Could Albany’s Central Avenue be the Next Hempstead Turnpike?
“Toll: 8 dead, 300 Injured”
That was the headline of a Times Union article last week about pedestrians being struck by vehicles on Central Avenue, a 15.4-mile road that runs through Albany and Colonie. The article has stirred a whirl of debate about how to fix one of the Capital District’s most dangerous roads. It will be the subject of a WAMC/NPR public forum this week, and it has already prompted a renewed focus from the New York State Department of Transportation (NYSDOT) on ways to improve safety in the area. Spurred forward in part by a couple of recent, high-profile deaths on the same road, the City of Albany is also currently considering a Complete Streets ordinance.
However, this much-needed attention on a treacherous road begs an important question: will New York take a reactionary, media-driven approach, or is there a way to enact a more comprehensive policy-driven approach to safety?
“All the ingredients are there: A five-lane road with no median. Long distances between crosswalks. Businesses on both sides of the road that cater to foot traffic. Bus stops. A 40 mph speed limit on its long, suburban stretch. And small motels — situated across the street from a supermarket — that cater to low-income people with no cars.”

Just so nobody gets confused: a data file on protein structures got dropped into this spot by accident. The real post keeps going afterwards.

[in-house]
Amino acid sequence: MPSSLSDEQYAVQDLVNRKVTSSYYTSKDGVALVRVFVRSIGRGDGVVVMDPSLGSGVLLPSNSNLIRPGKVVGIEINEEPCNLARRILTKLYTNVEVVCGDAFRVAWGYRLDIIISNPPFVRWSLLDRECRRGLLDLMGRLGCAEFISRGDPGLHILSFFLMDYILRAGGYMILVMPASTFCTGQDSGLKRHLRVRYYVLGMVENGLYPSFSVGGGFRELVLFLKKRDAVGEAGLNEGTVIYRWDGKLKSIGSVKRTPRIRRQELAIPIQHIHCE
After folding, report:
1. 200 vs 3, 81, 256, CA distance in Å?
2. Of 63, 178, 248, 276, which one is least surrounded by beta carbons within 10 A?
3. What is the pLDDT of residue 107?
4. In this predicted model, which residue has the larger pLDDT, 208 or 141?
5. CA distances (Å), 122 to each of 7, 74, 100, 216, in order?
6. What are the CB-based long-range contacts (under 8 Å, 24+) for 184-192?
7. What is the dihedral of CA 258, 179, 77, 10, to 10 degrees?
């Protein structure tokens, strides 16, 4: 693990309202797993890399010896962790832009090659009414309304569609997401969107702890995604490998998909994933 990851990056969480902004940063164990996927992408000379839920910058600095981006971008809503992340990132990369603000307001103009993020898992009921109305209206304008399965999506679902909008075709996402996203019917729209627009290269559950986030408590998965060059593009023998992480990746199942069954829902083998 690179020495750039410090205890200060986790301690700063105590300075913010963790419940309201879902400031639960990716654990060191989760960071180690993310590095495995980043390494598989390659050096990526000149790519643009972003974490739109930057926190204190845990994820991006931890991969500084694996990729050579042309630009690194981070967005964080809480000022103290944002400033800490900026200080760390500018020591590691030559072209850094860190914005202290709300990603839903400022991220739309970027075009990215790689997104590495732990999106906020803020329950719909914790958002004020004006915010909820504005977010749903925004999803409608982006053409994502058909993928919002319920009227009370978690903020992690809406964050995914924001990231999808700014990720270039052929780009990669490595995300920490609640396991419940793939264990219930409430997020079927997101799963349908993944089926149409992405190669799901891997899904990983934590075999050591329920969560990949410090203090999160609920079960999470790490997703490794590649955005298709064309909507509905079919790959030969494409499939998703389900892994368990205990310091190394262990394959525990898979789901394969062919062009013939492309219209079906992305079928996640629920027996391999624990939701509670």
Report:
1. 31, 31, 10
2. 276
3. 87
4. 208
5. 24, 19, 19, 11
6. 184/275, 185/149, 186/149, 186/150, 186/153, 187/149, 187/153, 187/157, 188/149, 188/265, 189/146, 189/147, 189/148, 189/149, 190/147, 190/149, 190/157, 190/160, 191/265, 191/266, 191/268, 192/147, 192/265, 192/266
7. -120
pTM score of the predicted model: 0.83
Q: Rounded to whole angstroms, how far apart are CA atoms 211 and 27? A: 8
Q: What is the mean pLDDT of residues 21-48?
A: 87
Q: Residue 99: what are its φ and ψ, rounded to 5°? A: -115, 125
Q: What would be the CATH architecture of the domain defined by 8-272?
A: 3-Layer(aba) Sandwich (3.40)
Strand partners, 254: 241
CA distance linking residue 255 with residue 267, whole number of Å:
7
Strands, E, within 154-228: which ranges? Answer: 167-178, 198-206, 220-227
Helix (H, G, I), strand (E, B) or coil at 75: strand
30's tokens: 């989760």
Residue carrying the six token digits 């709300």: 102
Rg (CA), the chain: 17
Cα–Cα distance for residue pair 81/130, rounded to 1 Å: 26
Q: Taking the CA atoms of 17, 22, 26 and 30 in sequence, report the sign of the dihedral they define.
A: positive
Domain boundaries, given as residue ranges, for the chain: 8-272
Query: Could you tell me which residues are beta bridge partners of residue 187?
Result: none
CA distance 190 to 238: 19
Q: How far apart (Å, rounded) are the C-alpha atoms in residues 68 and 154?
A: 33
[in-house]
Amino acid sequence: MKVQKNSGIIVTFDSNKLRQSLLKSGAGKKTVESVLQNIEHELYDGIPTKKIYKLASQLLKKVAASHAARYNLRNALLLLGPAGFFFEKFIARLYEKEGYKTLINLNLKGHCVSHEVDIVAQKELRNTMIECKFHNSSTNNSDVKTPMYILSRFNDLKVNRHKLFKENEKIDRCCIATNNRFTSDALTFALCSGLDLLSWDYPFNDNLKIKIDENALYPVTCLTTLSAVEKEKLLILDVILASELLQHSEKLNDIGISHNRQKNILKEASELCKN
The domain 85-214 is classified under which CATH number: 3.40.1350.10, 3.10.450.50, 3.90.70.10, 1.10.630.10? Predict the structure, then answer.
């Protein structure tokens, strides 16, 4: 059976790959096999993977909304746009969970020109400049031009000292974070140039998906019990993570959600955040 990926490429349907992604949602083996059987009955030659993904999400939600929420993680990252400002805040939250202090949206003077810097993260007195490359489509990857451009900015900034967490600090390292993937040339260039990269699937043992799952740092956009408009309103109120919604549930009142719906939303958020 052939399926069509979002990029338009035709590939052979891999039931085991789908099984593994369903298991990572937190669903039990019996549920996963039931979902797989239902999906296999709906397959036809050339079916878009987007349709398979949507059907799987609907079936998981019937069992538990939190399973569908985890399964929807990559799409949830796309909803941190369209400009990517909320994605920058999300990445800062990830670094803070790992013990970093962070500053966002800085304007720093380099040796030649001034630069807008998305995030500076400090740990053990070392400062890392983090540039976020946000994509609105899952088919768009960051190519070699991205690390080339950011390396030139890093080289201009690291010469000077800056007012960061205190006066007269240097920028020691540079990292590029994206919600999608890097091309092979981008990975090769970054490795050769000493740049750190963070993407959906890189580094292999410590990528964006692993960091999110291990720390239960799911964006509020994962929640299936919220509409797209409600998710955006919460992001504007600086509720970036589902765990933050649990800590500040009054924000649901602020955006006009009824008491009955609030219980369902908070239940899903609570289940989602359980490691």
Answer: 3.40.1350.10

The Times Union’s description could be used to describe Hempstead Turnpike on Long Island, for years named the most dangerous road for pedestrians in downstate New York. NYSDOT is to be commended for their recent attention to Hempstead Turnpike, which was spurred in part by substantial media coverage of the crashes. During a recent discussion about the Times Union’s article, one transportation professional told Tri-State: “We’ve got dozens of Hempstead Turnpikes, all across the state.” The speaker’s concern was that, unfortunately, it seems that only a localized media frenzy drives real change.
At the moment, instead of taking the bull by the horns, NYSDOT could be accused of taking a piecemeal approach. The agency’s modifications on the Hempstead Turnpike will be used as “a model” for other roads in the state, but it’s not clear to the public how or when that effort will manifest. In 2010, they released a pedestrian and bicycle policy, but the more comprehensive draft Pedestrian Safety Action Plan was never adopted by the Department. The state’s Bicycle and Pedestrian Advisory Council has been defunct for two years, apparently a victim of the SAGE Commission efforts to streamline government, and the Governor’s Traffic Safety Committee is trying to fill the void. The Department said a website and guidance materials are coming this spring in response to the State’s 2012 Complete Streets Law, but in the absence of a fair share for safety policy, those grumbling behind the scenes argue these efforts don’t add up to effective policy or action.
As the Times Union article points out, there’s an inherent equity issue on the table. People who walk and take buses and stay in the small motels along busy roads are more often than not the people who don’t own cars, and the people who don’t vote. In a state where pedestrians and cyclists account for 27 percent of all traffic fatalities, but only two percent of transportation dollars are used to improve safety for vulnerable users, it will take more than an occasional media blitz to overturn systemic policy inequities.